Cobham Free School plans under fire at meeting
PLANS for a new "free school" have come under fire at a heated public meeting in Cobham.
A team of 12 teachers, parents and professionals is hoping to open Cobham Free School in September as part of the Government's scheme to let local people set up schools within the state system.
The school will cater for children aged four to 11 in classes no larger than 23, and organisers have pledged to combine the best practices from state and private schools.
But at Saturday's meeting, the first since the bid began last summer, locals raised concerns about the effect on the area's other schools and what they see as a lack of communication between school planners and the local community.
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Rhian Thornton, head teacher at St Matthew's Church of England Infant School in Cobham, said: "The free school have been invited on a number of occasions to talk to us but we didn't even get a response.
"There are two excellent existing schools in Cobham with plans to expand. There's nothing in terms of innovation or difference that's been talked about at the meeting that's not already offered by the two existing schools."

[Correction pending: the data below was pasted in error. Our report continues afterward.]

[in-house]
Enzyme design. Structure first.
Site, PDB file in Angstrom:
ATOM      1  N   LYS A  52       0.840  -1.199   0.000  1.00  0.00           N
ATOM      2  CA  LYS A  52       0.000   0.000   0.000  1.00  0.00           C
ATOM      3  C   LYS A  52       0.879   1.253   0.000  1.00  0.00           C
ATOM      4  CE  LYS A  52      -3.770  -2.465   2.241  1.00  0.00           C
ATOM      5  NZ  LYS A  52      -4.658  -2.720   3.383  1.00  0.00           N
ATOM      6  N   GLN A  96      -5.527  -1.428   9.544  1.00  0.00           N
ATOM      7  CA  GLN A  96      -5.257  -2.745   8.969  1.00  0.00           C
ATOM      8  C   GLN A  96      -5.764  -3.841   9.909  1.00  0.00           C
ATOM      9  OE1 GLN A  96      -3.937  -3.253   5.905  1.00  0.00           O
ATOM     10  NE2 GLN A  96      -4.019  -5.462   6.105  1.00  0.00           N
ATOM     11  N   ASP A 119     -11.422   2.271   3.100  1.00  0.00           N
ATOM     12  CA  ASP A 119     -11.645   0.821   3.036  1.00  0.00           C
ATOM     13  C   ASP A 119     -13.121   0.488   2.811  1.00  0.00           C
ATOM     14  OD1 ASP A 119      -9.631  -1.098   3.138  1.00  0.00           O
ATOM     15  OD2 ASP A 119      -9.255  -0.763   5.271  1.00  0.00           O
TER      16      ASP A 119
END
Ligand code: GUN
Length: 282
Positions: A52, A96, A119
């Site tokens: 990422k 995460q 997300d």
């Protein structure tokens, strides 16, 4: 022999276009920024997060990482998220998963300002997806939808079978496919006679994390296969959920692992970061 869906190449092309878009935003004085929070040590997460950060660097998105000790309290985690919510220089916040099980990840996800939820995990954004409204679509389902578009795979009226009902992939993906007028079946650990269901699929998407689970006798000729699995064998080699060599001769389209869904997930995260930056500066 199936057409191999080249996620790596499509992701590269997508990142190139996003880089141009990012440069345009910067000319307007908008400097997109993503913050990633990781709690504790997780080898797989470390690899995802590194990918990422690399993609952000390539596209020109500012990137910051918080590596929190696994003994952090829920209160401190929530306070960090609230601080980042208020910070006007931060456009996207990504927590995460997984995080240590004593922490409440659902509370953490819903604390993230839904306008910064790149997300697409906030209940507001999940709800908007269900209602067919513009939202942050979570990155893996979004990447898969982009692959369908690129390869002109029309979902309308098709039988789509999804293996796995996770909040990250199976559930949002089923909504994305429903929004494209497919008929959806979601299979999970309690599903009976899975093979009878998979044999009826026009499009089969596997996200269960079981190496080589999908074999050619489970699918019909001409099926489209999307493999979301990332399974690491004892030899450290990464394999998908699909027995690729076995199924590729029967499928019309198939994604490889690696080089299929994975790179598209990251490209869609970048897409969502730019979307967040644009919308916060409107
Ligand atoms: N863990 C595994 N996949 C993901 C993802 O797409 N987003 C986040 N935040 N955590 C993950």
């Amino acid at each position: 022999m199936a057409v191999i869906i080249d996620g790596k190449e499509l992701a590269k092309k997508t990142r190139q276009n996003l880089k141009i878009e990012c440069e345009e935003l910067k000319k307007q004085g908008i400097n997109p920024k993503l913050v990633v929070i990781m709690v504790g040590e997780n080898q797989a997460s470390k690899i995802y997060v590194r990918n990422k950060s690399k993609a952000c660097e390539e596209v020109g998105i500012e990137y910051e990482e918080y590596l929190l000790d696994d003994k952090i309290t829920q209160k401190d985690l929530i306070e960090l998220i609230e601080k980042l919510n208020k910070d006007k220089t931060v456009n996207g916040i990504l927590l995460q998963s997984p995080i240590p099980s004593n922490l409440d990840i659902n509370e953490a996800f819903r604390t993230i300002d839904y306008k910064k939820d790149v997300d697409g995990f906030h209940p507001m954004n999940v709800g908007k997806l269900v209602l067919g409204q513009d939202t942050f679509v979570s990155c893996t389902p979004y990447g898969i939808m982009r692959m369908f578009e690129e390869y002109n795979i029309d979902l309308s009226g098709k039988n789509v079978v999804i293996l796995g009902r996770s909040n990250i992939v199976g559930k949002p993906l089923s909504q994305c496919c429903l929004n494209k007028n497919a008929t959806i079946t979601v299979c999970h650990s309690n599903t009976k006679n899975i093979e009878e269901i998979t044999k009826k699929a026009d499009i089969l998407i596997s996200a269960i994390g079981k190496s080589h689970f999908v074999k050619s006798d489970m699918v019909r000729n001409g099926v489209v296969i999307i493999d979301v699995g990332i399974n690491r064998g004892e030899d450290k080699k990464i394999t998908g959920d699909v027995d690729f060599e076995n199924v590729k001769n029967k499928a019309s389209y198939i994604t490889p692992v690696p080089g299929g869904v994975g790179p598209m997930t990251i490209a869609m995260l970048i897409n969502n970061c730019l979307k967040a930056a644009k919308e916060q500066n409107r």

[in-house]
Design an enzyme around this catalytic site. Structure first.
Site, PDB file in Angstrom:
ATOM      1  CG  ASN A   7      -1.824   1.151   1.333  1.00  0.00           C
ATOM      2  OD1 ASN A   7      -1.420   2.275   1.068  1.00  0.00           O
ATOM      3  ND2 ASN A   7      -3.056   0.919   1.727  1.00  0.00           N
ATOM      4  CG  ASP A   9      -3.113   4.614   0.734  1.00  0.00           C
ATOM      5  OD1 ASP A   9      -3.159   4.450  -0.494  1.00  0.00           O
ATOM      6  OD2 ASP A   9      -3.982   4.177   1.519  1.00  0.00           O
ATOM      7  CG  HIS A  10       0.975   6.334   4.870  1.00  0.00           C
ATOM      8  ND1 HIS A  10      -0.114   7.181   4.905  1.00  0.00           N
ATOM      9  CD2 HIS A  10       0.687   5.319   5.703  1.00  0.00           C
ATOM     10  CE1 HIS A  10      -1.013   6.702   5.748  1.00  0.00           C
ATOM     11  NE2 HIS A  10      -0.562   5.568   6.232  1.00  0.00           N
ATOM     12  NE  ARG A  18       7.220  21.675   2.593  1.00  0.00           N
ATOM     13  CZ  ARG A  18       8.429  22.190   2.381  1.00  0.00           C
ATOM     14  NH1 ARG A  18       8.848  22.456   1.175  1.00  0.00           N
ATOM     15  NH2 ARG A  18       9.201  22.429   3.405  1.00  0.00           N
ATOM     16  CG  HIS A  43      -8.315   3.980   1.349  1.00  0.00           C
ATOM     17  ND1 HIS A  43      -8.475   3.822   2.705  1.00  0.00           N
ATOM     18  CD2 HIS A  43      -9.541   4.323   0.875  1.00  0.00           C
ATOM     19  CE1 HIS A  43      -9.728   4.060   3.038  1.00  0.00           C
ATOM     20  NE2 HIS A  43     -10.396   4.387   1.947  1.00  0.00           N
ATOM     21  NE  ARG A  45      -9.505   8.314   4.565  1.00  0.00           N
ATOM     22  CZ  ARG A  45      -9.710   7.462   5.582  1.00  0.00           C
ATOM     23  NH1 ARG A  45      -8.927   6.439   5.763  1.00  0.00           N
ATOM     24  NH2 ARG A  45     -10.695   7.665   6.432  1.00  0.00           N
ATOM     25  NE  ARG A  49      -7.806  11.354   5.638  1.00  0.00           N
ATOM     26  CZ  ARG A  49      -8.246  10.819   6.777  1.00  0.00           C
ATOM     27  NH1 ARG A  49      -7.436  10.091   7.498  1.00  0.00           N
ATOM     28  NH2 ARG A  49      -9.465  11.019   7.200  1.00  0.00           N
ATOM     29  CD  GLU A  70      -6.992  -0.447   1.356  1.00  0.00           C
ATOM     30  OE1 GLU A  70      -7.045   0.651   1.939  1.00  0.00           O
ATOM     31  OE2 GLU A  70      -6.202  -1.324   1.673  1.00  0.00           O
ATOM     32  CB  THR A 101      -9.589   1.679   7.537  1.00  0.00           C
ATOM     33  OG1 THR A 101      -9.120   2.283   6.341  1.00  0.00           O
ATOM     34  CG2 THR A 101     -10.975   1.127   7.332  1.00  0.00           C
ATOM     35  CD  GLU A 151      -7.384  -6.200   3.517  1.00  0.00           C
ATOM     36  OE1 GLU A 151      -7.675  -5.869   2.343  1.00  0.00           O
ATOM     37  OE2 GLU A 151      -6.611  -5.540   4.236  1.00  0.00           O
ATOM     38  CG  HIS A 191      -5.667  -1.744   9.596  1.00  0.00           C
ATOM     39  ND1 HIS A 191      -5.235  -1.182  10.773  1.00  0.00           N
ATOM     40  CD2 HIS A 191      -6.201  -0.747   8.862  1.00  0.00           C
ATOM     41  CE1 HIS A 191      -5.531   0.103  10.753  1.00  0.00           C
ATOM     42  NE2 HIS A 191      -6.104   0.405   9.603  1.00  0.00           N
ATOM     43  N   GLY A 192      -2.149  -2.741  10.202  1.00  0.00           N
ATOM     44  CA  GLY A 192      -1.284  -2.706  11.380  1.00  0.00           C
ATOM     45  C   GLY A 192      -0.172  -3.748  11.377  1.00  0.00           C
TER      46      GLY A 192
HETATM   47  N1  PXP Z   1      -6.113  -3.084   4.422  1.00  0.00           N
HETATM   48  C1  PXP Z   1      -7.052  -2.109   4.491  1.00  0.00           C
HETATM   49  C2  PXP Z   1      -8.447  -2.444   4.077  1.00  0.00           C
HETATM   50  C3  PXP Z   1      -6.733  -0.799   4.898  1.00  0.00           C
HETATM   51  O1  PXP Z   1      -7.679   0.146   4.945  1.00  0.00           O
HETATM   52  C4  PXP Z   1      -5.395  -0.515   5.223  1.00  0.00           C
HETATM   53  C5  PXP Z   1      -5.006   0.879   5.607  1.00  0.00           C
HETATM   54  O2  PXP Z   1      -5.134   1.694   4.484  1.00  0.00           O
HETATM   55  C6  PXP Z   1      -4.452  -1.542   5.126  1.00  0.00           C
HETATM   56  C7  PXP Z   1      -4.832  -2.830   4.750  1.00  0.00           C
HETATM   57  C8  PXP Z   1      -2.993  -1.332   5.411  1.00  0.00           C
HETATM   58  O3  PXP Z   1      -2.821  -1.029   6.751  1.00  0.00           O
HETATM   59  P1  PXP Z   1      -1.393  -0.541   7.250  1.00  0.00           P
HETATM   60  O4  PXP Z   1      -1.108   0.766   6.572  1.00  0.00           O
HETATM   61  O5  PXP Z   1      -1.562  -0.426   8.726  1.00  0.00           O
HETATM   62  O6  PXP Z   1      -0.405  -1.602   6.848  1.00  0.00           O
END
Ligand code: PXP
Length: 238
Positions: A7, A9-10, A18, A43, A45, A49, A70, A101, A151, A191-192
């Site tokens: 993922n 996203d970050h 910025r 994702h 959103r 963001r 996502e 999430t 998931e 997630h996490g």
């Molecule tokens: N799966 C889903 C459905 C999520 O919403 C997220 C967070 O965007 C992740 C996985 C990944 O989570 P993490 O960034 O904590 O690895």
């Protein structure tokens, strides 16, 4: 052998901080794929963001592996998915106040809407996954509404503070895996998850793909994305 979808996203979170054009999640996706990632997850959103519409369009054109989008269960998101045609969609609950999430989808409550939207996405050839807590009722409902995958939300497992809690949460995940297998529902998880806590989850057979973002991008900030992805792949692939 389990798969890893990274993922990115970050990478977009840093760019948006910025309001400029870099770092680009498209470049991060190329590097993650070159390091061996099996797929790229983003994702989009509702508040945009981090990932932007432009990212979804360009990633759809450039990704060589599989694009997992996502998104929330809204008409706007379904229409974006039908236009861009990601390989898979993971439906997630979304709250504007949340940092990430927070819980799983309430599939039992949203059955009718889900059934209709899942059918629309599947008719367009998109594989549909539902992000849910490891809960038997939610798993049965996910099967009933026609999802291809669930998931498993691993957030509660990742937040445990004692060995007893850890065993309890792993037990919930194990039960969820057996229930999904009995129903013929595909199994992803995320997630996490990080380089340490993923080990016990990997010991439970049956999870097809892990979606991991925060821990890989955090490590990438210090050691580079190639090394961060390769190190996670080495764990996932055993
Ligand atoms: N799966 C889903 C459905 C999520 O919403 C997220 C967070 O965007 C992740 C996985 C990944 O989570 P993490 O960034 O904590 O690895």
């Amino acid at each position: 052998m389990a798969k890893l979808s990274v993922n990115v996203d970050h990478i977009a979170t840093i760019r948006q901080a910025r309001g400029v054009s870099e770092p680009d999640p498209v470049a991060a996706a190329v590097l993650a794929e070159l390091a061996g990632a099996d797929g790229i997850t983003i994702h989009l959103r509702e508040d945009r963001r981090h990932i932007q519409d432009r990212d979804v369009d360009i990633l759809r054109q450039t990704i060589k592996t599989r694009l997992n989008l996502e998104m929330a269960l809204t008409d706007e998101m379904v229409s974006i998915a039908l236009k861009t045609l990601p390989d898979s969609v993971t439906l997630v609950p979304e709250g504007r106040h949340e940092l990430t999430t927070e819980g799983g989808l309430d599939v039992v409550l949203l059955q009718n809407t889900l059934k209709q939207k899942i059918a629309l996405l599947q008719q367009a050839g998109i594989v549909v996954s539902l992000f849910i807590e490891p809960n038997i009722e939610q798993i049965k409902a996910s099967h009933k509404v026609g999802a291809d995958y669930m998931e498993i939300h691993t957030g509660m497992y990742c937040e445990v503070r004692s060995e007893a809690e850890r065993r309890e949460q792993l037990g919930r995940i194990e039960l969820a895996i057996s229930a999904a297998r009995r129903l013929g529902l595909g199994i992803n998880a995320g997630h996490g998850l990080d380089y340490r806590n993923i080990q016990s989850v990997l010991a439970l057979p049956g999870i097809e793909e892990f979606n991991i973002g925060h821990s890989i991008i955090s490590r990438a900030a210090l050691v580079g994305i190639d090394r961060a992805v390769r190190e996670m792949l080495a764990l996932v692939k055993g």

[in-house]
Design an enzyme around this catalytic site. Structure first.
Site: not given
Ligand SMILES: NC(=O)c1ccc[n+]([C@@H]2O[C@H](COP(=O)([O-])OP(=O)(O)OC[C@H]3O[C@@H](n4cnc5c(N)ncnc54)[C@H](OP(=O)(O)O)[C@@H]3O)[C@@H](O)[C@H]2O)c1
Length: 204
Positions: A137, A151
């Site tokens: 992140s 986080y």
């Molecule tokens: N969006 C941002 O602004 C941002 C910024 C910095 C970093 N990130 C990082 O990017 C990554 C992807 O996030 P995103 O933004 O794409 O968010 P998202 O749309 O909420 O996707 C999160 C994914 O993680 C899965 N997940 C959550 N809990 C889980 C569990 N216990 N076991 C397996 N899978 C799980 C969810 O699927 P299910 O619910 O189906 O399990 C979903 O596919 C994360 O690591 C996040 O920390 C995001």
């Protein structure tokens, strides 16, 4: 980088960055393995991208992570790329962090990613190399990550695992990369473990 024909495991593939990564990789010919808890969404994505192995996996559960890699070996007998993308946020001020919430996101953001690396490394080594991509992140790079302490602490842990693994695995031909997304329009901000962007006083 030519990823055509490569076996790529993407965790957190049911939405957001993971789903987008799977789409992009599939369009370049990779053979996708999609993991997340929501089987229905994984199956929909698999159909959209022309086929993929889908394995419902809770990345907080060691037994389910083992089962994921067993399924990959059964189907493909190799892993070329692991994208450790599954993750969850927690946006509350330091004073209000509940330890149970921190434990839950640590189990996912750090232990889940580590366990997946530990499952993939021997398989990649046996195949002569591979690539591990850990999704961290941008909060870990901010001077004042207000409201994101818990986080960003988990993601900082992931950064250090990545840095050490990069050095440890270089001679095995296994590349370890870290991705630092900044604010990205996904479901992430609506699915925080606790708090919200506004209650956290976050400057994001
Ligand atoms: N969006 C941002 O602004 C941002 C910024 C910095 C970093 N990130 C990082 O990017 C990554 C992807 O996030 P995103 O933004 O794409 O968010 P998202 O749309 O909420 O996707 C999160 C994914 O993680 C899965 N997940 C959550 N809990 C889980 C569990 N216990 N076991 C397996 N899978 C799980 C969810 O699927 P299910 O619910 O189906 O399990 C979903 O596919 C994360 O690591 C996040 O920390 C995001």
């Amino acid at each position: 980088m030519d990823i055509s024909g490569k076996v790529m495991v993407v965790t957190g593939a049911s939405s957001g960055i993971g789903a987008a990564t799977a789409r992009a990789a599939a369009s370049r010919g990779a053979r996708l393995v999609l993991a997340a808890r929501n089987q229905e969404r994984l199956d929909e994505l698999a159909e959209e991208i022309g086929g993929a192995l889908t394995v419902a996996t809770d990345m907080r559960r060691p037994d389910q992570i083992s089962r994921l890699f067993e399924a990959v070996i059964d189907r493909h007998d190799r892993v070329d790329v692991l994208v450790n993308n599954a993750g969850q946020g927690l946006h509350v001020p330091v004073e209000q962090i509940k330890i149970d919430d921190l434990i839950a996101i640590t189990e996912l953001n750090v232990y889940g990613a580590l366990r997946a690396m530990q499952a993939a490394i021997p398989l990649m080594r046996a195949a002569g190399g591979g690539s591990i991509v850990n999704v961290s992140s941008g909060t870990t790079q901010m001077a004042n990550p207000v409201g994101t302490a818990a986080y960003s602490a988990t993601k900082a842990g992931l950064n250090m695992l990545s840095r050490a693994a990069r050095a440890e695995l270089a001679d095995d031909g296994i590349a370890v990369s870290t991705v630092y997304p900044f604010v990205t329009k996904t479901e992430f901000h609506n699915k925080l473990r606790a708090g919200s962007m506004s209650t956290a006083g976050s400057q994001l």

Speaking after the meeting, county councillor Tim Hall echoed concerns about communication, saying free school representatives failed to attend a meeting about Cobham's primary schools in December and cancelled a meeting with him.
He said: "Their communication with other people in the Cobham education community has been fairly awful and far behind where they should have been.
"One of the reasons they had so much difficulty running the meeting is that everyone else in the community turned up to find out what was going on."
Sue Kilpatrick, chairman of Cobham and Downside Residents' Association, speaking personally and not for the association, said: "I want to know what they are offering that the other two schools in Cobham aren't, because in terms of facilities I think it's similar."
But Councillor James Brown (Conservative, Cobham Fairmile) defended the school plan, saying: "I am well aware people have doubts about it but the bottom line for me is a question of choice.
"Choice shouldn't be the preserve of people able to pay private fees and this gives people in Cobham another choice of school."
A spokeswoman for the school said: "The reason there has been little communication between us and the community is because we are limited with what we are allowed to say by the Department for Education framework.
"We did a survey on Mumsnet. com and the response was there was a need for a junior level school and so we sent out flyers and collected evidence of demand on our own website."